Political opinion about masks doesn’t appeal to safety on the idea of creed

A recent decision by the Ontario Human Rights Tribunal (the “Tribunal”) may support school authorities, many of which have received mask waiver requests based on a parent’s “sincere belief” that their child should not be needed Wearing masks because they are ineffective or have health effects.

In the Sharma v City of Toronto case, 2020 HRTO 949 (CanLII), applicant Sharma alleged that the City of Toronto Statute 541-2020 required that members of the public who enter a public building wear a mask or face covering Seeking to reduce the spread of SARS-COV-2 (coronavirus) has been a violation of his rights under the Code of Human Rights (the “Code”) based on creeds and disabilities.

While the tribunal’s decision was dismissed in summary because the application against the city of Toronto had no reasonable chance of success (it was individual companies, not the city, that denied the applicant access), the tribunal examined the grounds on which the applicant relied .

The complainant alleged that he could not wear a mask for the following reason:

[3]My creed does not agree to cover my face on unsubstantiated claims. Claims that masks prevent or stop the spread of Sars-Cov-2 (also commonly known as coronavirus) are not supported by scientific evidence (e.g., expert-verified randomized control studies). Instead, the City of Toronto loosely refers to anecdotes of “masks work” – this is not evidence. My creed requires that I not blindly accept what governments or authorities claim, mandate, or translate into law (or statutes). Instead, it is my civic duty to criticize the government and its decisions. Statute 541-2020 makes no exception to the creed.

The complainant also alleged that he had a disability that prevented him from wearing a mask and that he was under no obligation to disclose the disability when seeking services without a mask.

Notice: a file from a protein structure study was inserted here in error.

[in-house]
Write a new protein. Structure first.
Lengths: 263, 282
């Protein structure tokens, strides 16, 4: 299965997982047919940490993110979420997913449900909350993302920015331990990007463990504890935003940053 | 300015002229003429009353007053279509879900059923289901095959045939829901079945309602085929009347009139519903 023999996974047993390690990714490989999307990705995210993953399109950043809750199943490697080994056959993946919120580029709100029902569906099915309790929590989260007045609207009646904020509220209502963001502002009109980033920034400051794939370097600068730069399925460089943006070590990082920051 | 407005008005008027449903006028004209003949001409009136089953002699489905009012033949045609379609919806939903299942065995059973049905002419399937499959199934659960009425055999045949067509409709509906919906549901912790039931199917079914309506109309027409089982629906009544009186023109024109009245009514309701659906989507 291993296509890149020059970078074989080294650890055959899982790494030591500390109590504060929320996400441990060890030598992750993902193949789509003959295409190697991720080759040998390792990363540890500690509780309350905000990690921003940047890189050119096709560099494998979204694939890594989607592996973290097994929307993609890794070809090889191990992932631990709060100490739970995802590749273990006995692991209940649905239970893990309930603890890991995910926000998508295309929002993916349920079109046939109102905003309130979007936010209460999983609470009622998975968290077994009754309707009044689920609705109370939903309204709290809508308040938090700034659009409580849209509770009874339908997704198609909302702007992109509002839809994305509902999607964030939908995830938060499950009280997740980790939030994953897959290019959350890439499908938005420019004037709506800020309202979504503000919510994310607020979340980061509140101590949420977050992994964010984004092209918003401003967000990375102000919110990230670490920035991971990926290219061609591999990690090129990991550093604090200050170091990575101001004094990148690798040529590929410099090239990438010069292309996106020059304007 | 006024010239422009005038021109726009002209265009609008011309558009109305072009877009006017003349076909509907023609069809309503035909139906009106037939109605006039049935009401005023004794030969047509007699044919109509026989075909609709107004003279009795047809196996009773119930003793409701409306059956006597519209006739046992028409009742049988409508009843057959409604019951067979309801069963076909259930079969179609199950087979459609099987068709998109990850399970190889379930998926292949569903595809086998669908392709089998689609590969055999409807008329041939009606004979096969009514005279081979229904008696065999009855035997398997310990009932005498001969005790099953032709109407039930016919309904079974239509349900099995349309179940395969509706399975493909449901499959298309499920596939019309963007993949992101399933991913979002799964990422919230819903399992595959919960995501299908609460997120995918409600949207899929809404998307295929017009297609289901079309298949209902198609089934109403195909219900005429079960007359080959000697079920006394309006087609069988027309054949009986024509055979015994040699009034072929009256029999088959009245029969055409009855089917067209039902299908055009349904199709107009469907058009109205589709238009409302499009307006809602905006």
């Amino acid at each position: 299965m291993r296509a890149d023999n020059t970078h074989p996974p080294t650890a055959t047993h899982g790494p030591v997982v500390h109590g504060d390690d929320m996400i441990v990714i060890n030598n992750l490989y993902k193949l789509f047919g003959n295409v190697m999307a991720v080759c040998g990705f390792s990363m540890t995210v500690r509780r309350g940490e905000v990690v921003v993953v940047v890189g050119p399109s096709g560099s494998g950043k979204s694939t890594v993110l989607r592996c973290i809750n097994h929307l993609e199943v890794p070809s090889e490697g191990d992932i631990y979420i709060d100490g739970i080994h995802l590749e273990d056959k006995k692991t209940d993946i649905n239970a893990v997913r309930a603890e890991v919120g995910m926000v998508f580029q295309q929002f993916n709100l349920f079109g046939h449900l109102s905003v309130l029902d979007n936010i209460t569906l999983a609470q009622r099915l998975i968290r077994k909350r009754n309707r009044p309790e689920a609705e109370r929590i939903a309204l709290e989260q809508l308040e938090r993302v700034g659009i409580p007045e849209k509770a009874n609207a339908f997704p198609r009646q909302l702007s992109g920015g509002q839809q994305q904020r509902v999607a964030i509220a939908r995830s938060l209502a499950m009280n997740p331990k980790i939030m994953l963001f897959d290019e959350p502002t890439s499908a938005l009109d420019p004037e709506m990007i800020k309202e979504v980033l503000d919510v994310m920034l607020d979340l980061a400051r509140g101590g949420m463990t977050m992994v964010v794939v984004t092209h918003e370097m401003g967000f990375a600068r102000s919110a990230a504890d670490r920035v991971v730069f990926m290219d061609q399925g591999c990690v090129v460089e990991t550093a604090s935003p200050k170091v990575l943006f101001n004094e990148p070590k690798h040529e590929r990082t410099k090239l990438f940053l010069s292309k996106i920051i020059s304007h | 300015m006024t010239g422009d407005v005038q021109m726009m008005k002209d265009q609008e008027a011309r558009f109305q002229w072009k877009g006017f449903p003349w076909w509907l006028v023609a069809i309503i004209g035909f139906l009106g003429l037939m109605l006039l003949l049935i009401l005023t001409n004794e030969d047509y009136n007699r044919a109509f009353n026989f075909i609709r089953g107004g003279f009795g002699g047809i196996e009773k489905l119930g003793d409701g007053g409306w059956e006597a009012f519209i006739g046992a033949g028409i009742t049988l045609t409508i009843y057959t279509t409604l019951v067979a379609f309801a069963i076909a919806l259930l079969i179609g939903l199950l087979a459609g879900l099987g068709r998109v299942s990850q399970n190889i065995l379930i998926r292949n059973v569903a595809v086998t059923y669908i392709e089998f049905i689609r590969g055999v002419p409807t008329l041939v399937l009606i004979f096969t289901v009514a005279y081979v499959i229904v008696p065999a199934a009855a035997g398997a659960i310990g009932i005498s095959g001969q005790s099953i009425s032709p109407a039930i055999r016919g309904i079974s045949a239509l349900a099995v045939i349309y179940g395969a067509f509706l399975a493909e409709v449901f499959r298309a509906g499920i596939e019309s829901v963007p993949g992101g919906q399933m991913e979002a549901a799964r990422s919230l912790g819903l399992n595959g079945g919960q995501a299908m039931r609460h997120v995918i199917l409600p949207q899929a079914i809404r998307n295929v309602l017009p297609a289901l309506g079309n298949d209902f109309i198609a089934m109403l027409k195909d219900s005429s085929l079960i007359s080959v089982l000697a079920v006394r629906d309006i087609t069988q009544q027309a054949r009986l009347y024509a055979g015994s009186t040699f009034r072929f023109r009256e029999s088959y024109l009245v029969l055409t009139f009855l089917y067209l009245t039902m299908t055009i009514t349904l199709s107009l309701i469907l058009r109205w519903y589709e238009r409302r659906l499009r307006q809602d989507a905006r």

The tribunal ruled that the applicant’s objection was not in the sense of a creed under the Code. The creed is not defined in the code. For the most part, however, the creed has been labeled as a sincere religious belief or practice. While the case law of the Tribunal has left open the possibility of using the Code to protect a recognizable coherent political belief system or structure, the judge in this case found that this is a mere political opinion Not Use creed as protected ground according to the code.

Therefore, the applicant’s belief that the effectiveness of masks has not been proven did not result in a creed set out in the code. The tribunal ruled that the applicant should enter into political contact with the city’s elected officials.

Regarding the applicant’s position that he should not be required to disclose his disability in seeking services, the tribunal found that

[20]The placement process is a shared responsibility. This means that a cooperative exchange of information must take place. Many diseases are invisible. According to the Human Rights Act, in order to fulfill the duty of placement, a person must determine that he or she has disability-related needs that require placement. In the context of the Articles of Association, this means that if a person is interviewed, they must establish to a company that they have an illness or any other reason that requires accommodation that relieves them of the company’s obligation to wear a mask carry.

[21] It is important to note, however, that the statutes and human rights law in general do not require that a person seeking shelter disclose that they have a specific medical diagnosis. In some cases, a person seeking accommodation may need to provide information to assess their accommodation needs.

The Tribunal also noted that in relation to publicly available companies, the Articles of Association do not require individuals to provide evidence of exemption.

While the many statutes that have been enacted in the province of Ontario regarding the wearing of masks in places accessed by the public do not apply to schools that are not public places, this case helps illustrate that the assumption that Masks are ineffective or otherwise inappropriate, Whether held sincere, no protection under the Code based on creeds will be sought.

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